Asia Dialogue Narratives

The Danger of a Single Story

Story by Connie Dayina

“I had never been outside Nigeria. We didn’t have snow, we ate mangoes and we never talked about the weather because there was no need to,” Nigerian writer Chimamanda Ngozi Adichie said in a 2009 TED talk. “My characters also drank a lot of ginger beer, because the characters in the British books I read drank ginger beer. Never mind that I had no idea what ginger beer was.”

The talk was about what happens when complex human beings and situations are reduced to a single narrative: When Africans, for example, are treated solely as pitiable, poor, starving victims with flies on their faces; when Adichie’s American roommate assumed her to be someone who doesn’t know how to use a stove; when the Western world approaches Africa with patronizing, well-meaning pity as the default position. However silly and outdated those stereotypes may seem to some people, they still exist in our society today, in this age of globalization.

Adichie’s story isn’t just hers alone. It holds true for me personally.

Her talk hit home for me because, as an international student, I’ve encountered countless comments and opinions that are less than thoughtful and informed. As individuals, we all have different identities that define us as who we are both on the inside and outside. Being foreign, being a female, being Asian—these identities are equally important to me, and without them, I wouldn’t be who I am. It is a belief I hold dearly that each individual life contains a heterogeneous compilation of stories. Reducing people to certain stereotypes and incomplete narratives is an act of dehumanization.

It is equally dangerous when one isn’t exposed to all the facets of a story. Growing up in China, the majority of what I learned in history class was the glorious past of ancient China, such as the Four Great Inventions and the victorious war against Japan. It wasn’t until I moved to the United Kingdom that I found out about the brutal actions–namely the Tiananmen Square massacre–taken by the Communist Party in order to consolidate power. I was filled with anger and disappointment about my own country and how patriotism is being taught through cherry-picked history textbooks.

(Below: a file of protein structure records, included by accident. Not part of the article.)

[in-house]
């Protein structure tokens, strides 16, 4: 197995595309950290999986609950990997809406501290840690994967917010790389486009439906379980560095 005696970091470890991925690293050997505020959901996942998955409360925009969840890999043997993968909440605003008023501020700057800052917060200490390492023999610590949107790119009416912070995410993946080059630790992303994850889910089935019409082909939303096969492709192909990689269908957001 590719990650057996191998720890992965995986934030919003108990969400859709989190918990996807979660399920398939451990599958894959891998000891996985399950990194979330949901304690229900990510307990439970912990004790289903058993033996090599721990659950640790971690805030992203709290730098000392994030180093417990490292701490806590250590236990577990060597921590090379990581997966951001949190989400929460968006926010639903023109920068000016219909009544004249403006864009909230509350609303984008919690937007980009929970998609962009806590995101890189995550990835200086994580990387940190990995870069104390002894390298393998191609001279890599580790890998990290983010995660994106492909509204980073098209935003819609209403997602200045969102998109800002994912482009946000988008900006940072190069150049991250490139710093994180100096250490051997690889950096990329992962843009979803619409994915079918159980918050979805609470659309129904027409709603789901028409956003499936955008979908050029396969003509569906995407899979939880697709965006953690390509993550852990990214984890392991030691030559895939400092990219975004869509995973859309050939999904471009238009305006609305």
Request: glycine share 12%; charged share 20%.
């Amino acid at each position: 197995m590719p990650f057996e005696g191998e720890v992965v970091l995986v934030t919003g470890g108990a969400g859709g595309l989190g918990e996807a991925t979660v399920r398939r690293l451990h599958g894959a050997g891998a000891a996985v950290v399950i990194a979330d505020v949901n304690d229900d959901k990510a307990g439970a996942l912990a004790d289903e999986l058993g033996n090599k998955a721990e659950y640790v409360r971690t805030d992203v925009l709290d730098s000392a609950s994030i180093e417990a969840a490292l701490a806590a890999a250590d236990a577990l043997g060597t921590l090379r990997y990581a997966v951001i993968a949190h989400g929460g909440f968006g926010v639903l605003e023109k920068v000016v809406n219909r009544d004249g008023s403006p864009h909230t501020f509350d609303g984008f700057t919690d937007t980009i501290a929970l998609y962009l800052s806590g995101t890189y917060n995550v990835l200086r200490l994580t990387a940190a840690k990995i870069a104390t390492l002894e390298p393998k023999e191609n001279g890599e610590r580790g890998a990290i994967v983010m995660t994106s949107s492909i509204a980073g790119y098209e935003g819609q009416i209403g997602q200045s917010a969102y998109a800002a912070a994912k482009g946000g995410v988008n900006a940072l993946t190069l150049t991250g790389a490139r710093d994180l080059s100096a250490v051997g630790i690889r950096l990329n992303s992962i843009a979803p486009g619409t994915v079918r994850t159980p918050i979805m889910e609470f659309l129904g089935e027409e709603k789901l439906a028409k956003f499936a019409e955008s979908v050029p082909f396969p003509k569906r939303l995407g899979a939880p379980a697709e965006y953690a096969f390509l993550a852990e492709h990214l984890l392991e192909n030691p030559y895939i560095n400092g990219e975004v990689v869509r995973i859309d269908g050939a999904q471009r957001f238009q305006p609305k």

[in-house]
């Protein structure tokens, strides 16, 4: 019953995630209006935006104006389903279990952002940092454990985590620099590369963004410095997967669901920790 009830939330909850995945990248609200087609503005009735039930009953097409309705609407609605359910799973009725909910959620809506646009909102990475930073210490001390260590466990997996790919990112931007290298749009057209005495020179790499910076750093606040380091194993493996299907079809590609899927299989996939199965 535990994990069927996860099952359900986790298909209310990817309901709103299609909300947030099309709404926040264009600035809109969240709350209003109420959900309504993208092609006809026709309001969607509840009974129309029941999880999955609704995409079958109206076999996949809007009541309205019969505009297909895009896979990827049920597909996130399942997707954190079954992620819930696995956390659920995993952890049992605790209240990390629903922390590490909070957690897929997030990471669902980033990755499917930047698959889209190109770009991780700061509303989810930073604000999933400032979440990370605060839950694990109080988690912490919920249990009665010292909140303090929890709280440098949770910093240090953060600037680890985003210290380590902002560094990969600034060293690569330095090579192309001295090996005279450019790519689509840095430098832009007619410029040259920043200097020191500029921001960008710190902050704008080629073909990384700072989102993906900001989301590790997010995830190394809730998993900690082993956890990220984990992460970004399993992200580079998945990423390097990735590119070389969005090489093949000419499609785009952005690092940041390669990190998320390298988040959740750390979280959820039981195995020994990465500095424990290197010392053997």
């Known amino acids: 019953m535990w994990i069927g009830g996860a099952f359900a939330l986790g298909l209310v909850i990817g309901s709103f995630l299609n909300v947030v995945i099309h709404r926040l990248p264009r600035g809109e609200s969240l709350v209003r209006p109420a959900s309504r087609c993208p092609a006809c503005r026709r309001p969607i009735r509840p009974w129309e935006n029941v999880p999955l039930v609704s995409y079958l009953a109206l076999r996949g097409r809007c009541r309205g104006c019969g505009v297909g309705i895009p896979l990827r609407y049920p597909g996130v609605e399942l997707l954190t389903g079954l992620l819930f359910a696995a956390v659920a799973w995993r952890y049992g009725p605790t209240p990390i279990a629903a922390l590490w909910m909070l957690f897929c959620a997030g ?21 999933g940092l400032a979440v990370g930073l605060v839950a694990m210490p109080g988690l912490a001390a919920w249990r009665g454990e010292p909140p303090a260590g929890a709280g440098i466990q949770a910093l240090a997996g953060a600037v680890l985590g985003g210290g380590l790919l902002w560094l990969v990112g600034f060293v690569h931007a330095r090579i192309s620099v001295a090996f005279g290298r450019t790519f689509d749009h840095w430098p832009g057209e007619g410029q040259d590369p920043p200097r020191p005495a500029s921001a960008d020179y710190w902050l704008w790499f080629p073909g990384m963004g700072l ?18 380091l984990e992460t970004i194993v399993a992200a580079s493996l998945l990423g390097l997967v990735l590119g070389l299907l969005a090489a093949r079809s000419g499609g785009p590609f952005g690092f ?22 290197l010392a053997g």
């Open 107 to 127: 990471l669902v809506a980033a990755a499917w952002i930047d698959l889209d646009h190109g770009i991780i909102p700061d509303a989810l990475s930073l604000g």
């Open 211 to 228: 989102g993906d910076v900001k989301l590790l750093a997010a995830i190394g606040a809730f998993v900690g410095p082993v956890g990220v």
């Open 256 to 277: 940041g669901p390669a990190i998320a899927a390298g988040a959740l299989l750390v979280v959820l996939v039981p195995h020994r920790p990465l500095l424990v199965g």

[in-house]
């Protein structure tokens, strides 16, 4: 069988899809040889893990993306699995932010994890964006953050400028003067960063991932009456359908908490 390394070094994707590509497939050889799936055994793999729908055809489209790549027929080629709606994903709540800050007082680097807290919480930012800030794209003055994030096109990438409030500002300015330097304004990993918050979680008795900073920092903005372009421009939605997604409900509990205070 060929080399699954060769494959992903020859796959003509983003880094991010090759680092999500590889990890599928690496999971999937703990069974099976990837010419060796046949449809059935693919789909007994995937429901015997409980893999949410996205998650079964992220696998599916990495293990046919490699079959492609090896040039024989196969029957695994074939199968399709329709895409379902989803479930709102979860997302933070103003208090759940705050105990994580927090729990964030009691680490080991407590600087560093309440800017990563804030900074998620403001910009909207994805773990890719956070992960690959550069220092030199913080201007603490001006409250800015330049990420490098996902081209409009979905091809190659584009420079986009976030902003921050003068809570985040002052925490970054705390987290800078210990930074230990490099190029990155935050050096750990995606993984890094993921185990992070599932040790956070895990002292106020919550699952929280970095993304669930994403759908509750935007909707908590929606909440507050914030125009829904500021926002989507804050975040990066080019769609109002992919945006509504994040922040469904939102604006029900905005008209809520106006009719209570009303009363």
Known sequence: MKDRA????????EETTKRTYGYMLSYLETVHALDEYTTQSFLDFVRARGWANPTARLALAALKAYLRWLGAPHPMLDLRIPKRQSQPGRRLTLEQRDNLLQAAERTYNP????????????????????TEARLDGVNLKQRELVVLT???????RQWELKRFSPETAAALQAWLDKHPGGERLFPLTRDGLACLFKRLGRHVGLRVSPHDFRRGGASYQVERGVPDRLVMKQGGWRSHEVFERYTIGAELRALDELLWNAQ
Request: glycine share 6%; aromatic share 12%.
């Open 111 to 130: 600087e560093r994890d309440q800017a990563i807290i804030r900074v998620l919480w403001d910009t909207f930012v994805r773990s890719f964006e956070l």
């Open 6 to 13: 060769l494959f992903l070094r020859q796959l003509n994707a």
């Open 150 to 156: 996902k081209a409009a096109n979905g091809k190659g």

Adichie’s story isn’t just hers alone. It holds true for countries.

My urge to refuse single-sided stories and think comprehensively continues to grow as my knowledge about international relations expands. While studying at the United Nations (UN) in Geneva this summer, I received predominantly skeptical comments about China’s growth, its future ambitions and its human rights record. There seemed to be an unbridgeable gap between the country that I grew up in and one that is portrayed by Western diplomats and media. How can I reconcile those two impressions for myself? I turned to Fu Cong, a Chinese ambassador at the UN, for answers.

“Many of those accusations are politically motivated in order to serve a country’s own need. Diplomacy is a zero-sum game a lot of the times,” he said.

Without trying to deny the facts, he made me realize that brutal consolidation of power isn’t exclusive to Chinese history. Many countries go through arduous struggles on the way to independence and freedom, America being no exception. A winner might be required when countries compete for national interests, but as citizens of the world, our generation needs to view things from multiple perspectives.

Adichie’s story isn’t just hers alone. It holds true for people who have fled totalitarianism and regained freedom in history.

Humans are storytelling animals, yet we are extremely impressionable and vulnerable in the face of a story. The recently released documentary “Vita Activa: The Spirit of Hannah Arendt” articulates the danger of single-storyism by examining the life of the German-Jewish philosopher, whose experiences growing up under the shadow of German fascism fundamentally shaped her intellectual career. Fleeing to France as a political refugee, she was someone who refused to accept a single-sided racist narrative carved out by the Nazis and lived by the philosophy of “Vita Activa”, meaning “thinking is action,” for her entire life.

Whether it’s for an individual or a nation, for the past or present, stories matter. To borrow Adichie’s words again, “Stories have been used to dispossess and to malign, but stories can also be used to empower and to humanize. Stories can break the dignity of a people, but stories can also repair that broken dignity.”

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